New state figures show Maryland's unemployment rate fell to 4.4 percent in November, its lowest point in more than six years and a sign of what Gov. Parris N. Glendening called growing vigor in Maryland's economy.
But independent economists who follow the state drew diverging conclusions from the unemployment figure and other information disclosed yesterday by the state's Department of Labor Licensing and Regulation.
The survey that produced yesterday's data, derived from telephone inquiries to Marylanders' homes, "is really unreliable," said Charles McMillion, chief economist for MBG Information Services, a Washington business analysis and forecasting firm. "These household figures don't jibe with anything. I would tell people to be very cautious" in interpreting them.
But other analysts accept the perception of a moderately surging state economy last fall, even if the November figures for new jobs may be exaggerated.
"The household data seems to be giving a more accurate picture of Maryland's employment situation right now," said Mark Vitner, vice president and economist of First Union Corp., a Charlotte, N.C.-based banking company. "I think we've got a pretty solid case that things are improving."
In November, Maryland's unemployment rate was 4.4 percent on both a seasonally adjusted and unadjusted basis. That's a 0.2-point drop from the seasonally adjusted October jobless rate and a 0.8 percent drop from the 5.2 percent unadjusted rate in November 1995.
"This is good news for Maryland," Glendening said in a prepared statement. "We haven't experienced an unemployment rate this low since May 1990."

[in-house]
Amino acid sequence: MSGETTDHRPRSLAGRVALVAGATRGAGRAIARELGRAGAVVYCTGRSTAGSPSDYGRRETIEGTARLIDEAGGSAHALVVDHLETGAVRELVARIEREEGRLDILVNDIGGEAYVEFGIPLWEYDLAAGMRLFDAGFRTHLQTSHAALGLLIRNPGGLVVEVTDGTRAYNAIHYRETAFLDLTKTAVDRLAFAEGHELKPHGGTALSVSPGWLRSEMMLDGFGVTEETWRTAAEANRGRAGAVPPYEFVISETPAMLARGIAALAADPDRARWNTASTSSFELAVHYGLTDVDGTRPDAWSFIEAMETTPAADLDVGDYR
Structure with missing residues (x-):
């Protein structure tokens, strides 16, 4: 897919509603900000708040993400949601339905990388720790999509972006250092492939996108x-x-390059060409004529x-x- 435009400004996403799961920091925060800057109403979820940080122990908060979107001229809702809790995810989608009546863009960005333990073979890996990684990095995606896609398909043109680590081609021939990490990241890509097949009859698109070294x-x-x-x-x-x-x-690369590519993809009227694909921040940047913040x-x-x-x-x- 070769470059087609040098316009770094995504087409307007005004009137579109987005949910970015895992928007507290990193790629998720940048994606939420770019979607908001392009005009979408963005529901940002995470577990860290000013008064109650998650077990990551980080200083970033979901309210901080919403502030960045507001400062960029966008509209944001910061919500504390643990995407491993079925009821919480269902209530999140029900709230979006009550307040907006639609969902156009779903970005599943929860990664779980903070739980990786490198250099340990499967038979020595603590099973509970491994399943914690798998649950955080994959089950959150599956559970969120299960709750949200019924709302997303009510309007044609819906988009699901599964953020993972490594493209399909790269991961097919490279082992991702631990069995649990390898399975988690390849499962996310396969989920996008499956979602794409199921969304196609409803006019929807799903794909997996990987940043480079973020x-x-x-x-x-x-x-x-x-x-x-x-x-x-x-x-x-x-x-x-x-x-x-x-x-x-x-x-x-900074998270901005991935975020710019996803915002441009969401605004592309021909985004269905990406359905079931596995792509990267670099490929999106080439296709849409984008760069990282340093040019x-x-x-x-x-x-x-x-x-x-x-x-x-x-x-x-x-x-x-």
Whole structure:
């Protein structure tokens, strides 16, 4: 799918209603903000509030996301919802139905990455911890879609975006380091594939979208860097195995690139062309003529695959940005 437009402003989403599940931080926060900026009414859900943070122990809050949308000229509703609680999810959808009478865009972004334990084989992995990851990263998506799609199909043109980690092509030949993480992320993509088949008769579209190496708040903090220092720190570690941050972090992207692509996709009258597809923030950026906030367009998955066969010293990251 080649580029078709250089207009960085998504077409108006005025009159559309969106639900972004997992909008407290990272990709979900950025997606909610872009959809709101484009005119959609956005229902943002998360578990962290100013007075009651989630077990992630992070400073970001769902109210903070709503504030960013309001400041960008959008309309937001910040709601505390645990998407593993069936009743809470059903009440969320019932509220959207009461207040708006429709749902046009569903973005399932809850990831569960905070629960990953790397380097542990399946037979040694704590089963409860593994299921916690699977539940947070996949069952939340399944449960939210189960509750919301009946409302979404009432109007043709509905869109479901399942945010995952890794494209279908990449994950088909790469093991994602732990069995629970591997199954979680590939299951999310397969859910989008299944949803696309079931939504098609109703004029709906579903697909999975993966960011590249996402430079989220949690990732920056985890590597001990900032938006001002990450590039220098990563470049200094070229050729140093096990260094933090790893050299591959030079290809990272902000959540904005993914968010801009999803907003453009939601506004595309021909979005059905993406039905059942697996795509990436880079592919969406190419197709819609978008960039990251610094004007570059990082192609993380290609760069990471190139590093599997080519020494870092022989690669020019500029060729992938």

Falling unemployment rates, he added, "are encouraging signs of Maryland's growing economic strength."
Maryland has struggled to add jobs in the 1990s, and Glendening has been criticized by business leaders for not doing more to improve commercial growth.
Maryland has always had low unemployment relative to the rest of the country, which had a 5.0 percent jobless rate for November, a slight increase from 4.9 percent the month before.
Even during the recession, the highest Maryland unemployment ever reached was 6.8 percent. It was as low as 3.9 percent in early 1990, before the recession hit.
Michael Conte, director of the Regional Economic Studies Institute at Towson State University, said the historically low local jobless rate is caused by relative stability of area employers and the high cost of living here for the jobless. "When you get laid off by the federal government, you're gone," he said. "You don't come and go. It's not like Michigan," where auto manufacturers frequently lay off and rehire employees.
Conte, too, thinks the November household data "shows that we are not only catching up with the nation but in some respects, surpassing."
Economists' interpretations of Maryland's economy depend on their relative trust in two widely varying sets of job figures.
McMillion pays more attention to a separate survey of companies and other employers, which suggests that Maryland added jobs at a very slow pace last year. The employer survey showed that the state had 2.215 million jobs in November, only 10,000 more than a year earlier.
But the household survey released yesterday showed employment growth of 5,200 in November alone, compared with October's figures. True, that includes Marylanders who are working in Virginia and Washington, and those jobs aren't counted in the employer survey. Still, McMillion called yesterday's figures misleading.
Conte and Vitner, however, argued that the employer survey misses new companies, thus drastically underestimating new jobs. Neither agreed that Maryland is adding as much as 5,000 jobs a month, though.
McMillion acknowledged that the employer-survey data are always revised upward a bit when new companies can be counted. But he said, in the 1990s, "year on year, there have never been more than 12,000 jobs created" in Maryland.
Pub Date: 1/04/97